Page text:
Skip to content

Life Or Death From The Fiery Serpent

In one of last week’s devotions, we looked at some of the consequences that can occur when someone speaks against God’s faithful people. In today’s devotion, we will look at the judgment that will befall anyone who speaks against God Almighty.

God doesn’t need us to defend Him because He is more than capable of defending Himself. One typical example is the fiery serpents that God sent on the rebellious Israelites in the wilderness when they spoke against Him.

And the people spoke against God and against Moses: “Why have you brought us up out of Egypt to die in the wilderness? For there is no food and no water, and our soul loathes this worthless bread.” So the Lord sent fiery serpents among the people, and they bit the people, and many of the people of Israel died. (Numbers 21:5-6)

The Hebrew word for serpent in the Old Testament has three different meaning. The Hebrew word tanniyn (H577), which means a sea monster, dragon or venomous snake.

For example, Aaron’s rod became a serpent or venomous snake when he cast it to the ground in front of Pharoah. This serpent was actually an earthly beast.

The other meaning for serpent is Nachash (H5175), which means the image of a serpent. This meaning is more than just a regular snake.

It is from the Hebrew root word Nachash (5172) which means enchanter or to practice divination. It is a person who hisses or whispers magic spells. (Strong’s Hebrew/Greek Concordance)

This is the serpent that beguiled Eve in the Garden of Eden and tempted her to disobey God’s command.

Satan changed into the image of a serpent and hissed or whispered enchantments to Eve. In other words, he cast a spell on Eve that tricked her into partaking of the fruit of the knowledge of good and evil.

Other areas where this word is used is in Gen 44:5-15; Deut 18:10 and other places that make reference to enchantments or divination.

The third Hebrew word is Seraph (H8314) meaning fiery serpent or poisonous serpent. It also means a seraph or seraphim which is a majestic being with 6 wings, humans hands or voices in attendance upon God. (Strong Concordance)

The Brazen Serpent, by Benjamin West; among the people.

The Lord sent fiery serpents on the Israelites in the wilderness when they became disgruntled and began to curse God and Moses.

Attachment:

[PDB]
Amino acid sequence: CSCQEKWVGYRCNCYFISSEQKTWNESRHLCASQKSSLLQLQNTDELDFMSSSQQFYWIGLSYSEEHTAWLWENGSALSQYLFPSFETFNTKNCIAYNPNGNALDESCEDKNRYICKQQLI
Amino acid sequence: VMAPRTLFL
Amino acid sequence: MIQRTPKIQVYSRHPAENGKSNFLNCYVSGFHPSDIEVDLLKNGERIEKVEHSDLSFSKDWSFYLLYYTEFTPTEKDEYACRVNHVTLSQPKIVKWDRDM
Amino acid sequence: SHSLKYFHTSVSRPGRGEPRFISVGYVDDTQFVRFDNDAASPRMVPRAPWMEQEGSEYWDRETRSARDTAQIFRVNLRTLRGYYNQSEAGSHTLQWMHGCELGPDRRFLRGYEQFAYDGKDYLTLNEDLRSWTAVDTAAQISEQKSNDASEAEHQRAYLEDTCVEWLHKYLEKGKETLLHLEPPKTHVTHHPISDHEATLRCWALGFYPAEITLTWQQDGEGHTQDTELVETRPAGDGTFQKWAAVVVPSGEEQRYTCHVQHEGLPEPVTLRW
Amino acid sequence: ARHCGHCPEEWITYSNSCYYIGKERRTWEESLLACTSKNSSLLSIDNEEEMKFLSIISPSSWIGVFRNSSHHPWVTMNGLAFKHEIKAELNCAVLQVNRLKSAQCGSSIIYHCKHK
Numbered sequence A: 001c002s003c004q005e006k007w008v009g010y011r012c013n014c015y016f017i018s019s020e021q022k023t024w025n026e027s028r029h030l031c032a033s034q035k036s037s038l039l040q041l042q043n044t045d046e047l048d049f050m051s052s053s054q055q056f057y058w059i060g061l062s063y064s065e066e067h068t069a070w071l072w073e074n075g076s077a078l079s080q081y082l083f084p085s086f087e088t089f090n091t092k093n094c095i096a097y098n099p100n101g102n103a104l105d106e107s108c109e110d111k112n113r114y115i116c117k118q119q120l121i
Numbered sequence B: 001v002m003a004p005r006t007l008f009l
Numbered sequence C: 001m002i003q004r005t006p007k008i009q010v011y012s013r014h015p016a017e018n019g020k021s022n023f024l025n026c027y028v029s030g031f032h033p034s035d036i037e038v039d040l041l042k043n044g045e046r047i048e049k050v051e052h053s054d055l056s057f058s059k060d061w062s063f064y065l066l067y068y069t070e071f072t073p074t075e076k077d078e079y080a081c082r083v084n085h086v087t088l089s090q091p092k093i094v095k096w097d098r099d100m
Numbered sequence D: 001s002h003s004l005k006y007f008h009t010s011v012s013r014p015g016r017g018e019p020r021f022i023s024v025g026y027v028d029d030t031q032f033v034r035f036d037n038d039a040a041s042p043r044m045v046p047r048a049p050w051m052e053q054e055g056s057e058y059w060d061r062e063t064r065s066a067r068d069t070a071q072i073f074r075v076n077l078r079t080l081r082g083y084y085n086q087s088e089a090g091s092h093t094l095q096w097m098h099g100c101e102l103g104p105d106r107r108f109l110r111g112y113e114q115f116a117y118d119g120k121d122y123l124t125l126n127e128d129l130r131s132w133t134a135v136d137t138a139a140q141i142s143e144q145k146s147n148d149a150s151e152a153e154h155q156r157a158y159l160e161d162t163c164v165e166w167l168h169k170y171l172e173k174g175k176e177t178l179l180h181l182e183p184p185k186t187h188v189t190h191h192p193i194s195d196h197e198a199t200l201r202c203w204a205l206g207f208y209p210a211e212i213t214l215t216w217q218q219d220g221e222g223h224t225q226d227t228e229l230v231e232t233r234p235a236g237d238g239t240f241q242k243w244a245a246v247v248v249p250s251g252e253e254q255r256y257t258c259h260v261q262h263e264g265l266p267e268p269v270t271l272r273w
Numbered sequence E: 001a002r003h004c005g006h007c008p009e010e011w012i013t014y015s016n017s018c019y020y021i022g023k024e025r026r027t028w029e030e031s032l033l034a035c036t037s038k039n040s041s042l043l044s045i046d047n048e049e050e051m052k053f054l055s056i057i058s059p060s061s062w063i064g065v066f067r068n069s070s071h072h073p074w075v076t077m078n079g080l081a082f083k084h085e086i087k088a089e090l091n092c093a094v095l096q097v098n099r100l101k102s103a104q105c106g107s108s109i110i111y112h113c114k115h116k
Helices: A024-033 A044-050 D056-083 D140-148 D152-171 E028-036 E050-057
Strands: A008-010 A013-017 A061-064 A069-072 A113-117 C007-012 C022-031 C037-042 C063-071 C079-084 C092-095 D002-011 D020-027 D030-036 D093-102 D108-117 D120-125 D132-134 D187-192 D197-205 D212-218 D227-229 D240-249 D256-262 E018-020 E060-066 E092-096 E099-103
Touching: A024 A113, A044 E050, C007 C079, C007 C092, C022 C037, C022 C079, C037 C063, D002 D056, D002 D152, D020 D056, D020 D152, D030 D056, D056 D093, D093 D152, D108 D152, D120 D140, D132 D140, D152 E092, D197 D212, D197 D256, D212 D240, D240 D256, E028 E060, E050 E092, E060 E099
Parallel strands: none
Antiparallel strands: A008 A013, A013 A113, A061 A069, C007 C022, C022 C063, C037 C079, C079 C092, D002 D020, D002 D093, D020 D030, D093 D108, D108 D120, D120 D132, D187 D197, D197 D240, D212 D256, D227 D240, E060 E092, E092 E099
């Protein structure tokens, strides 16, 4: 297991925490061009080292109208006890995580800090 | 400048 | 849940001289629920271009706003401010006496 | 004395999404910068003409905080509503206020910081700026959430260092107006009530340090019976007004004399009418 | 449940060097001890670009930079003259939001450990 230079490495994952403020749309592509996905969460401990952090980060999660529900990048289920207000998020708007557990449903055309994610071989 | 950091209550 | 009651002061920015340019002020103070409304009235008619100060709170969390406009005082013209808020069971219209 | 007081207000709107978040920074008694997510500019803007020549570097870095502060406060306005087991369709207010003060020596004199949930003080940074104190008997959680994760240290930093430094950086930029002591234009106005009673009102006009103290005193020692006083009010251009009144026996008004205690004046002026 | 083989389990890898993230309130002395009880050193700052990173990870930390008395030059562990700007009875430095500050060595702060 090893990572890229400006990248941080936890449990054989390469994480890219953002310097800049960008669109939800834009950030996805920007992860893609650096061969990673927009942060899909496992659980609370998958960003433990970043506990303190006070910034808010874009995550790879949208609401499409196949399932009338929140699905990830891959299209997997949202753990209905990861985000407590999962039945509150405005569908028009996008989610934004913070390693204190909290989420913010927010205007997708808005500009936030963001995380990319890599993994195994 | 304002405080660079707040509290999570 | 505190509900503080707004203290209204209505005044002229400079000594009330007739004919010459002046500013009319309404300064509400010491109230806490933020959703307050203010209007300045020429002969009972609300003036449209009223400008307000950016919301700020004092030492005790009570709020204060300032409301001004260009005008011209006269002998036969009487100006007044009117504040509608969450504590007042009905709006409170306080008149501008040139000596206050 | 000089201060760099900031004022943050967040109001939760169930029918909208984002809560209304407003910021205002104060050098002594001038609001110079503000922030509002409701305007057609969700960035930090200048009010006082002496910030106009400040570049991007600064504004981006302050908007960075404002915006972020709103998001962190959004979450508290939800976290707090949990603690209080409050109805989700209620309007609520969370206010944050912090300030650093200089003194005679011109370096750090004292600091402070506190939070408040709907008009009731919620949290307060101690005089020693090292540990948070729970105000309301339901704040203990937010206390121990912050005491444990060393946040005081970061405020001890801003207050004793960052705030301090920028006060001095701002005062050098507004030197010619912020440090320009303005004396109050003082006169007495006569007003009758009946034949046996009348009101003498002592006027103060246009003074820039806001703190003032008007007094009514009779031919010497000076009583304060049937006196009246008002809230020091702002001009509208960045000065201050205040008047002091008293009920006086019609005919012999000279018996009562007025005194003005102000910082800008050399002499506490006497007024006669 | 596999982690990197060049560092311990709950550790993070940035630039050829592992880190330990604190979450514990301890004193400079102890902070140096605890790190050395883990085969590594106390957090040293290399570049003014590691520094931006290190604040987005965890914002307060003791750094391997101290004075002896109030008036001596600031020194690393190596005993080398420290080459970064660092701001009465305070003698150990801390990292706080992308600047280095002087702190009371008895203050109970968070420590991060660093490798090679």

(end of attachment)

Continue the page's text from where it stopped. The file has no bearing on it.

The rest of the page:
These fiery serpents were not earthly creatures. They were directly sent from God similar to the death angel that God sent to kill the first born of Egypt.

The serpents were plagues from God that bit the people and they died (Numbers 21). This curse could only be reversed by the prayer of God’s righteous servant – Moses.

As children of God, we need to be careful in our speech. Are we always dissatisfied and complained about everything?

Do we become disgruntled and ungrateful about the small things that the Lord provides?

He may not provide the luxury car or the perfect job that we want. What is our reaction when God He tells us a flat “no” in answer to our prayers?

The Lord knows us even more than we know ourselves so if He is pointing us in a different direction than we planned it is within our best interest to follow His lead.

We will never regret it!

In today’s prayer let us pray that God removes the fiery serpents from our lives that is poisoning our spirits because of disobedience and stubbornness.

Let us surrender our desires to the will of the Lord and let us learn to be grateful to God in everything. AMEN!

 

 

 

5 Comments »

  1. Being older I have the benefit of hindsight and being able to see how those moments of a being led on a different path that required faith on my part, were huge blessings in disguise. When I was in those moments, it wasn’t easy, but knowing the One calling me made it all worthwhile.

    Liked by 2 people

Leave a Reply

Fill in your details below or click an icon to log in:

WordPress.com Logo

You are commenting using your WordPress.com account. Log Out /  Change )

Google+ photo

You are commenting using your Google+ account. Log Out /  Change )

Twitter picture

You are commenting using your Twitter account. Log Out /  Change )

Facebook photo

You are commenting using your Facebook account. Log Out /  Change )

Connecting to %s

This site uses Akismet to reduce spam. Learn how your comment data is processed.

%d bloggers like this: